If you subscribe to the free School Library Journal e-newsletter Be*Tween, you may have seen my Chapter Book Chat columns popping up on there over the past several months. It's been really fun to write and seek out amazing younger middle grade titles to share. If you're not subscribed, you're missing out, especially if you work with middle-graders. Here are the columns I've written for them:

In the spring, I wrote up a Field Notes column for Library Journal on running STEM programs for preschoolers: Preschool STEM Lab.

Catch me if you can! I've been all around the interwebs lately and I hope you find these pieces valuable!

Monday, November 14, 2016

Diversity Within ALSC Survey

Friends, the Diversity Within ALSC Task Force needs your help. In order to figure out what steps need to be taken to increase the diversity within our organization, they need to get a sense of what the current organization looks like.

I'm posting their message below. The survey literally takes only a few minutes. If you're a member of ASLC, have ever been a member of ALSC, or have thought about joining ALSC, please fill it out! 


The Diversity within ALSC Task Force is conducting a survey to gain a better understanding of the current ALSC membership as well as other youth services providers outside the membership.

The purpose of this survey is to discern where we stand with diversity within the children’s library services profession, and to determine barriers to joining ALSC. It is our hope that by discovering barriers we can work to break them down to create a more inclusive, diverse membership, and eventually, profession.

This survey is voluntary, confidential, and anonymous. No personally identifiable information is captured and all responses will be aggregated and summarized into a report.

We would like to compile as much information as possible, and we hope that you will consider participating in the survey.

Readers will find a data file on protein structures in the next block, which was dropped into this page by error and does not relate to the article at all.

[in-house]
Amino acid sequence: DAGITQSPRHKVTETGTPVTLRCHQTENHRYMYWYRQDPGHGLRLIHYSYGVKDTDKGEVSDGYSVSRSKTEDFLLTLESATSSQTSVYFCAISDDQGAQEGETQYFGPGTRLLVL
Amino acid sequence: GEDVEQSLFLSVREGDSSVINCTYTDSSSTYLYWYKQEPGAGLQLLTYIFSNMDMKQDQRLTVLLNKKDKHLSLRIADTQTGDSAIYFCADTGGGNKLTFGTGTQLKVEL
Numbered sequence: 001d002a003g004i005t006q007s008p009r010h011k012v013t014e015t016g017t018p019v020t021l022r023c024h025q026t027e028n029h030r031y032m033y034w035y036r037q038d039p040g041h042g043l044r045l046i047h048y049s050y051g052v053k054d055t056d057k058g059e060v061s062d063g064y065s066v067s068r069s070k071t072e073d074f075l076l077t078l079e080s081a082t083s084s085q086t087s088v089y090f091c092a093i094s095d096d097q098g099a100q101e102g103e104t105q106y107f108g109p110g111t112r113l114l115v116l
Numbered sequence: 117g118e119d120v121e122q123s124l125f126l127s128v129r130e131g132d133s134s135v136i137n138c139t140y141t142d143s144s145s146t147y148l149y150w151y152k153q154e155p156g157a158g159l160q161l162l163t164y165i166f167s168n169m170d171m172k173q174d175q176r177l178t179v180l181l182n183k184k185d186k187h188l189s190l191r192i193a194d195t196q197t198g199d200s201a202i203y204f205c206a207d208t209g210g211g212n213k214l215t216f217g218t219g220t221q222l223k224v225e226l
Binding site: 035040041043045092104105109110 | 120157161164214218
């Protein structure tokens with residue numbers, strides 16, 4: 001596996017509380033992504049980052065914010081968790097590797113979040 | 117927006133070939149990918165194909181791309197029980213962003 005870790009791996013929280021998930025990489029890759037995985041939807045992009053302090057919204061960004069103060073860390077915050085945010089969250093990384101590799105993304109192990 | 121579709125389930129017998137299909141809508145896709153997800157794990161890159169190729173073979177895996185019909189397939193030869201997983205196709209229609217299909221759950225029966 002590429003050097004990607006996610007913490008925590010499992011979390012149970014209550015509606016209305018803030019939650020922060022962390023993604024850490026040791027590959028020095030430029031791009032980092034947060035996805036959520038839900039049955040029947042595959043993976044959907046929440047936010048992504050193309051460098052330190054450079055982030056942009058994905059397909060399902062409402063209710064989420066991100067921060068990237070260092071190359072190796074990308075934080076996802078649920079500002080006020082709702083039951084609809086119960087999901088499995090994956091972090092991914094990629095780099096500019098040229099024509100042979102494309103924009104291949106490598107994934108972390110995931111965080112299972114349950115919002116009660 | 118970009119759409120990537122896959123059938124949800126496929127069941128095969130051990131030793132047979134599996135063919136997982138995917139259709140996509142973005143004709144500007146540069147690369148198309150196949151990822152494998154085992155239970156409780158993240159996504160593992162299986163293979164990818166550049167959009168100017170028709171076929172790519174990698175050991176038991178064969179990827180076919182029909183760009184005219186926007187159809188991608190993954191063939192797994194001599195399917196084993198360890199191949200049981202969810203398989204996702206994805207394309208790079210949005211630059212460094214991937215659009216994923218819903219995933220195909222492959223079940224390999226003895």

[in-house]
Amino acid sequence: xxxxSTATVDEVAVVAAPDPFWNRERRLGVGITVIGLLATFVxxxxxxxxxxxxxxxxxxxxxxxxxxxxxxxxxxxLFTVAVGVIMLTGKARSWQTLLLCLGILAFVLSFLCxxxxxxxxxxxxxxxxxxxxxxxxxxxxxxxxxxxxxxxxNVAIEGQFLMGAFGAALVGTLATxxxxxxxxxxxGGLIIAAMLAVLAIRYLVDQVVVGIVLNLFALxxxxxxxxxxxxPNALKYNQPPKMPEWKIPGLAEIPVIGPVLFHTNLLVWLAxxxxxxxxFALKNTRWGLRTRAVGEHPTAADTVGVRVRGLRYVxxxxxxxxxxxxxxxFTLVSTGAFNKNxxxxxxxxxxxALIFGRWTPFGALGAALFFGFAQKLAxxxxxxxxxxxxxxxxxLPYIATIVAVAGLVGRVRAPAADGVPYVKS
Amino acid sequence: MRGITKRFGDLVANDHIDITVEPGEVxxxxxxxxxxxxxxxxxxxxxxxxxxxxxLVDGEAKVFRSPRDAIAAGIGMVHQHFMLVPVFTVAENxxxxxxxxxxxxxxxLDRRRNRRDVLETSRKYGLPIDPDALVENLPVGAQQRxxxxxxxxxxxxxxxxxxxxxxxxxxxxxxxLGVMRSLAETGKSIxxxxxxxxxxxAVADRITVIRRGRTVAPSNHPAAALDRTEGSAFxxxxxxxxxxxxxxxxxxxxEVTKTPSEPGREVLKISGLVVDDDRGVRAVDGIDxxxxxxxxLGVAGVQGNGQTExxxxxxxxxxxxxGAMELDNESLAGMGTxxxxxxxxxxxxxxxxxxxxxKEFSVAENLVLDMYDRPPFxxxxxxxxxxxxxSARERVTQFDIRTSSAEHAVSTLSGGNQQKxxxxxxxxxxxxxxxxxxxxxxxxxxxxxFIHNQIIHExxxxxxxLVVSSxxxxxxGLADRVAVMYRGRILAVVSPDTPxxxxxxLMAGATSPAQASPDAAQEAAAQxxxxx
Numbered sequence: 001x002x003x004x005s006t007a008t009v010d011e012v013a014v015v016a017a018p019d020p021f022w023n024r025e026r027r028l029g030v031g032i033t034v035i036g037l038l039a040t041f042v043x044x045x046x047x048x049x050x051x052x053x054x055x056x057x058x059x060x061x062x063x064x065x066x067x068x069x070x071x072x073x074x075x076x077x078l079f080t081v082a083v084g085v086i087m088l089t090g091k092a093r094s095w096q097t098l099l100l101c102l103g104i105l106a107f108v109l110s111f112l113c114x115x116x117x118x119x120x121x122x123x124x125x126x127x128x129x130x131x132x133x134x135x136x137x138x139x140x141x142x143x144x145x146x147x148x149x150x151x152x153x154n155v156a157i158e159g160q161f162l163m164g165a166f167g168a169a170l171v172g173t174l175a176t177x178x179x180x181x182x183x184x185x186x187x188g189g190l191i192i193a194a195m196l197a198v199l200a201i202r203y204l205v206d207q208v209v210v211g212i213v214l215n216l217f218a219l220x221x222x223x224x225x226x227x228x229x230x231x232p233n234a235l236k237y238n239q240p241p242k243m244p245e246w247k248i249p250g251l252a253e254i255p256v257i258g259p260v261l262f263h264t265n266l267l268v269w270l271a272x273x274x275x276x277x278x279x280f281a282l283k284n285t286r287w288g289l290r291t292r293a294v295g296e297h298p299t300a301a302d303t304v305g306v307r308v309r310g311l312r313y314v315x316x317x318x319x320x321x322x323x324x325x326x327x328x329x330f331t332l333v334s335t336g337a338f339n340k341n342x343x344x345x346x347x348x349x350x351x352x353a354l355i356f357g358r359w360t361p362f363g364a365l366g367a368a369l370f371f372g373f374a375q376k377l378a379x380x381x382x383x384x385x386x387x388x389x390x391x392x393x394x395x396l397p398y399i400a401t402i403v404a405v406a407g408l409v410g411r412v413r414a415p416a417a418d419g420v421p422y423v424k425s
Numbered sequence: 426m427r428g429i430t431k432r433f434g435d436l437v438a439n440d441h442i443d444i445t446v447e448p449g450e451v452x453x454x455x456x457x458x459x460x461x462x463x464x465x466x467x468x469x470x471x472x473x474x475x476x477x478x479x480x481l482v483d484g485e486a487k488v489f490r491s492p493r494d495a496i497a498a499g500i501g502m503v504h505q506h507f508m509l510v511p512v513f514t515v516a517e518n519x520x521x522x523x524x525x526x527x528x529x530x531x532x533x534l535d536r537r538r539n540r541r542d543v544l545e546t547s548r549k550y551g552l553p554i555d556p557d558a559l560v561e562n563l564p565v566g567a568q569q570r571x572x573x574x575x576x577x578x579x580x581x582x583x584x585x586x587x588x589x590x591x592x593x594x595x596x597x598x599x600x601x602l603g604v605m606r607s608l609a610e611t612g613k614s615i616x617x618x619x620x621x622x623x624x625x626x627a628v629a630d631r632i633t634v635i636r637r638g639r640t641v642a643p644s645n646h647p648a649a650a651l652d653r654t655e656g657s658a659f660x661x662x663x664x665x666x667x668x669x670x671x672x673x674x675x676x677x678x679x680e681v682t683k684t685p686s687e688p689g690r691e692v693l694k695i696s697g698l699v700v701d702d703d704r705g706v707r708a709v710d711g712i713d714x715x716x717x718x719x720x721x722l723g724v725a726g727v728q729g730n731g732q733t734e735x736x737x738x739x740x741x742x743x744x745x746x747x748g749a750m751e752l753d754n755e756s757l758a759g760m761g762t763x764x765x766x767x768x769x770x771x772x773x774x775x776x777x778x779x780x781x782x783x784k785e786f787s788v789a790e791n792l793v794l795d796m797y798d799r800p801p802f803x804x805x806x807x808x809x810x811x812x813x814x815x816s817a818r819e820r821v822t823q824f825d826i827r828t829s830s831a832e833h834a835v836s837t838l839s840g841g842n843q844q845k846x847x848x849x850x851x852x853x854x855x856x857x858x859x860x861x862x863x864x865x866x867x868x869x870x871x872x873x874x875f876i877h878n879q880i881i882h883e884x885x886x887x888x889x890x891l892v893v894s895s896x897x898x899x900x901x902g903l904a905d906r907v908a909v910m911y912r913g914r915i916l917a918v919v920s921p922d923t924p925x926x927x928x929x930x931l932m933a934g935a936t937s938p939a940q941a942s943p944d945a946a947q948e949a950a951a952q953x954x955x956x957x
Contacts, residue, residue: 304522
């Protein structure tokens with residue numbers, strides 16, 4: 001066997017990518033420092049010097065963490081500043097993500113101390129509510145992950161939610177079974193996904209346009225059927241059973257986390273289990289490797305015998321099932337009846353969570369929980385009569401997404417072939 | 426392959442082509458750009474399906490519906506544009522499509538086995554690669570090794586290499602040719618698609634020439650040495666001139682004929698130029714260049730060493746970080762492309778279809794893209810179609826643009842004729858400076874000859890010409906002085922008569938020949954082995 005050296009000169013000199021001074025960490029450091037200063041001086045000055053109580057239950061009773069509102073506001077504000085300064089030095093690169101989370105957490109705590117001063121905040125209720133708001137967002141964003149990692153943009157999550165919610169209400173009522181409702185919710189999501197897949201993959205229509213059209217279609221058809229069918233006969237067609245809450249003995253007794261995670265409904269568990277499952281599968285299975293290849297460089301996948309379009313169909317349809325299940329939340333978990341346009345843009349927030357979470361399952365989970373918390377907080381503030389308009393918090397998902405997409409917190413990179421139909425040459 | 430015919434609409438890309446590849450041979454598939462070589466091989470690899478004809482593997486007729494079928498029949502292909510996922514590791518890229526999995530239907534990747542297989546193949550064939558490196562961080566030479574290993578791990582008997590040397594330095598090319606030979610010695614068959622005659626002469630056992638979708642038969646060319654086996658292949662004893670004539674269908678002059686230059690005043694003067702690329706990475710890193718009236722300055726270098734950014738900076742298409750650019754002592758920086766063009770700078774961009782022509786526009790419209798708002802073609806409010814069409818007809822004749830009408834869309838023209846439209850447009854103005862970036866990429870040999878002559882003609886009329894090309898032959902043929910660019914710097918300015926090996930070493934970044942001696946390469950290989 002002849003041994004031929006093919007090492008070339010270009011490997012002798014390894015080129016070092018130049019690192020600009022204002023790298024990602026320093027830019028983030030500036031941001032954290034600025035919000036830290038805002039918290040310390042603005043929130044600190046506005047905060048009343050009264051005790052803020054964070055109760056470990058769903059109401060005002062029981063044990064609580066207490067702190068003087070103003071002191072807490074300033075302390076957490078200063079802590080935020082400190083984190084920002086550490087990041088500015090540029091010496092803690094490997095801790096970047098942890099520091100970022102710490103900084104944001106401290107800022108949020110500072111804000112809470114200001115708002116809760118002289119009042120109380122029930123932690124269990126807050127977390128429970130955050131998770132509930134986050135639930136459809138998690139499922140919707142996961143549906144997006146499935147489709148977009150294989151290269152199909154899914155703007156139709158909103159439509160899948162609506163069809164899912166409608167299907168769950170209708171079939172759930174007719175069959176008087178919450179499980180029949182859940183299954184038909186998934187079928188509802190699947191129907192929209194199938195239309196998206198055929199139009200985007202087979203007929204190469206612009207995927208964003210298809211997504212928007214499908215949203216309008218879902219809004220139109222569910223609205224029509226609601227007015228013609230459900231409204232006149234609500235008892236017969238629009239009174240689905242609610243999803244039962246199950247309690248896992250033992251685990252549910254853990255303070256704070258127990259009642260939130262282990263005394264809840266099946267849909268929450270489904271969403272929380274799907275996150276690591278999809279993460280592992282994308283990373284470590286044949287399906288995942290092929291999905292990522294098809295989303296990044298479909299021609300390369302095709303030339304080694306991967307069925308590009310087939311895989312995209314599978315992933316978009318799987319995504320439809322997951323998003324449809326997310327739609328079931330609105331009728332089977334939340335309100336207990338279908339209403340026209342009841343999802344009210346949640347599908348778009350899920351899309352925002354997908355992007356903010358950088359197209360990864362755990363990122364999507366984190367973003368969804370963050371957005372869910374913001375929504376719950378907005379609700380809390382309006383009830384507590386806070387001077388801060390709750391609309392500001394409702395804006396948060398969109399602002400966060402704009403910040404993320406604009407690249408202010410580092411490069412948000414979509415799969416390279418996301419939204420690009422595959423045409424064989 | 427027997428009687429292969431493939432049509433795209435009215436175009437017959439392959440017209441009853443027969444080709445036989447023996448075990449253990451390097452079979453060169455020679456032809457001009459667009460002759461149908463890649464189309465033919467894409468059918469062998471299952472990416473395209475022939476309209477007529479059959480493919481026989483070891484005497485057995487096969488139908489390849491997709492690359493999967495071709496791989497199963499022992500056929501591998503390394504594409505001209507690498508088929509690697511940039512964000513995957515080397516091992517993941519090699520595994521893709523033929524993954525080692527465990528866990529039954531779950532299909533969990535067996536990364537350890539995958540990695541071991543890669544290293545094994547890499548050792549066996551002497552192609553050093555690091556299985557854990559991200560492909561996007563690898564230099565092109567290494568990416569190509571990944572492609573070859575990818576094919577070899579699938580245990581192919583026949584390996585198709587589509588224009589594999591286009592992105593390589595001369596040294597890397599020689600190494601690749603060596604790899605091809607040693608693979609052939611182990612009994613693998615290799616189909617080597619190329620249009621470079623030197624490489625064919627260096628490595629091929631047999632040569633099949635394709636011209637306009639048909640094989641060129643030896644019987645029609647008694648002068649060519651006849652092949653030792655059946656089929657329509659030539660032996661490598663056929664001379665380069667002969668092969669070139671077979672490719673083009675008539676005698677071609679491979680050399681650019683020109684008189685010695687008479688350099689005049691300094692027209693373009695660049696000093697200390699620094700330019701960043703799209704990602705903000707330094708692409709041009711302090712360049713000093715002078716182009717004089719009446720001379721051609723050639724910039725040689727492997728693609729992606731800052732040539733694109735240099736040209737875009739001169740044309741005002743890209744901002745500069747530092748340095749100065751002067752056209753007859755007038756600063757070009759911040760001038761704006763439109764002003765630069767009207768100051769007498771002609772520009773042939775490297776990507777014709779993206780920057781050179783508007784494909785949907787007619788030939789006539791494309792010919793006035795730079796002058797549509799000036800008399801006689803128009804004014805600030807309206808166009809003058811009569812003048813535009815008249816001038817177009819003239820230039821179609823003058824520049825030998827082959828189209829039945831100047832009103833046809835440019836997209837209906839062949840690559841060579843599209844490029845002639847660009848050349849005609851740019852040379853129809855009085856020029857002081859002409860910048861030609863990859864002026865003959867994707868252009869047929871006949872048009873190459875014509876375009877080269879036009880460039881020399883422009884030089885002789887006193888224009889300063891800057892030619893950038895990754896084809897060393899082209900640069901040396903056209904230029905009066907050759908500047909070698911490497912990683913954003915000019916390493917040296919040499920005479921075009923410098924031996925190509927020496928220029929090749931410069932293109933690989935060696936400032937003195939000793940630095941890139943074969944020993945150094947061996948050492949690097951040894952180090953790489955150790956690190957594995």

Please feel free to share with colleagues in order to help us reach the greatest possible audience. The survey will be live until Tuesday, December 20th.

Link to survey:

Thank you,
Kendra Jones and Zareen Jaffery, on behalf of the Diversity within ALSC Task Force

Saturday, November 12, 2016

Reading Wildly: Gentle Reads

This month for Reading Wildly, my staff and I read gentle reads. What do I mean by gentle reads? We classified this month in three ways:

  • Teen books that do not contain mature language and situations
  • Books for young readers who are reading way above their grade level
  • Christian fiction 
I believe the genre originally suggested for this month was Christian fiction and I expanded it a little bit to include some more options. We ended up sharing books from all three areas that we considered gentle fiction. Of course, you can never guarantee to anyone that a book is going to be absolutely free of anything that might offend - it's impossible to know every thing that could potentially offend someone. 

One thing I was proud of this month is that when we went to make our suggestion list for each other last month, we had a lot of ideas for children's books and very few ideas for teen books. Most of the books we all ended up sharing at this meeting were teen books. Without my asking them, staff gravitated towards the area where we had less experience. That's exactly the idea behind this program!